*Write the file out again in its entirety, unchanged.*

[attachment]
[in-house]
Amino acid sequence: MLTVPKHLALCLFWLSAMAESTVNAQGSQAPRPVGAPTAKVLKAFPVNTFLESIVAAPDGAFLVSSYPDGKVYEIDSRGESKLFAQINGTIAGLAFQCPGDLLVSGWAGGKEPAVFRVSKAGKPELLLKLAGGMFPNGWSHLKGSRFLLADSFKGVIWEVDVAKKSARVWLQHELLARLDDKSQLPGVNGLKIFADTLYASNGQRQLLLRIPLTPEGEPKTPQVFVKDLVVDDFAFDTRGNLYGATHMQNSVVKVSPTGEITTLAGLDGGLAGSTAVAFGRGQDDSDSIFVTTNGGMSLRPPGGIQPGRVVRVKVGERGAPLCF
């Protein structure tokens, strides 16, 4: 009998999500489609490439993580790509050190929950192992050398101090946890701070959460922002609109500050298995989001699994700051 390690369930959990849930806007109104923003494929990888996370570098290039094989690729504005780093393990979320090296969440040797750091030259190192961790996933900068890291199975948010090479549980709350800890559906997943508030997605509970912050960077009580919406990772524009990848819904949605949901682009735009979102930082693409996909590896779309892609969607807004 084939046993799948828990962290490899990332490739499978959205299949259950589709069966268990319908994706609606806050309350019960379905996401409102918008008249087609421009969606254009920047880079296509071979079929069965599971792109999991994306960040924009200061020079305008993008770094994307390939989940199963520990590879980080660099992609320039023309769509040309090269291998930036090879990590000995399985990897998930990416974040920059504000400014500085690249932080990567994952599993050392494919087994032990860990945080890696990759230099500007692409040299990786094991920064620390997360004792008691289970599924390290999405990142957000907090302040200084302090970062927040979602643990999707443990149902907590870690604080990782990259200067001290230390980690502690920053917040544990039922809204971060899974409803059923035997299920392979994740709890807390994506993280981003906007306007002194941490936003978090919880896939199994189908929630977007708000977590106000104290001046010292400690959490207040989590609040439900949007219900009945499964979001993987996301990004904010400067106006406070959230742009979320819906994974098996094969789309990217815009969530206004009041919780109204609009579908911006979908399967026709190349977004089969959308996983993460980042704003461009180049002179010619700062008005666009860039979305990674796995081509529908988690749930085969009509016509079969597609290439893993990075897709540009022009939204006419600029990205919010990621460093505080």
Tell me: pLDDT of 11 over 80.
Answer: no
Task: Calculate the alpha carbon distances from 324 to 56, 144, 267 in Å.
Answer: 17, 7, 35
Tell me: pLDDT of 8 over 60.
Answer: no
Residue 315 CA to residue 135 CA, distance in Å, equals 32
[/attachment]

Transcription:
[in-house]
Amino acid sequence: MLTVPKHLALCLFWLSAMAESTVNAQGSQAPRPVGAPTAKVLKAFPVNTFLESIVAAPDGAFLVSSYPDGKVYEIDSRGESKLFAQINGTIAGLAFQCPGDLLVSGWAGGKEPAVFRVSKAGKPELLLKLAGGMFPNGWSHLKGSRFLLADSFKGVIWEVDVAKKSARVWLQHELLARLDDKSQLPGVNGLKIFADTLYASNGQRQLLLRIPLTPEGEPKTPQVFVKDLVVDDFAFDTRGNLYGATHMQNSVVKVSPTGEITTLAGLDGGLAGSTAVAFGRGQDDSDSIFVTTNGGMSLRPPGGIQPGRVVRVKVGERGAPLCF
């Protein structure tokens, strides 16, 4: 009998999500489609490439993580790509050190929950192992050398101090946890701070959460922002609109500050298995989001699994700051 390690369930959990849930806007109104923003494929990888996370570098290039094989690729504005780093393990979320090296969440040797750091030259190192961790996933900068890291199975948010090479549980709350800890559906997943508030997605509970912050960077009580919406990772524009990848819904949605949901682009735009979102930082693409996909590896779309892609969607807004 084939046993799948828990962290490899990332490739499978959205299949259950589709069966268990319908994706609606806050309350019960379905996401409102918008008249087609421009969606254009920047880079296509071979079929069965599971792109999991994306960040924009200061020079305008993008770094994307390939989940199963520990590879980080660099992609320039023309769509040309090269291998930036090879990590000995399985990897998930990416974040920059504000400014500085690249932080990567994952599993050392494919087994032990860990945080890696990759230099500007692409040299990786094991920064620390997360004792008691289970599924390290999405990142957000907090302040200084302090970062927040979602643990999707443990149902907590870690604080990782990259200067001290230390980690502690920053917040544990039922809204971060899974409803059923035997299920392979994740709890807390994506993280981003906007306007002194941490936003978090919880896939199994189908929630977007708000977590106000104290001046010292400690959490207040989590609040439900949007219900009945499964979001993987996301990004904010400067106006406070959230742009979320819906994974098996094969789309990217815009969530206004009041919780109204609009579908911006979908399967026709190349977004089969959308996983993460980042704003461009180049002179010619700062008005666009860039979305990674796995081509529908988690749930085969009509016509079969597609290439893993990075897709540009022009939204006419600029990205919010990621460093505080």
Tell me: pLDDT of 11 over 80.
Answer: no
Task: Calculate the alpha carbon distances from 324 to 56, 144, 267 in Å.
Answer: 17, 7, 35
Tell me: pLDDT of 8 over 60.
Answer: no
Residue 315 CA to residue 135 CA, distance in Å, equals 32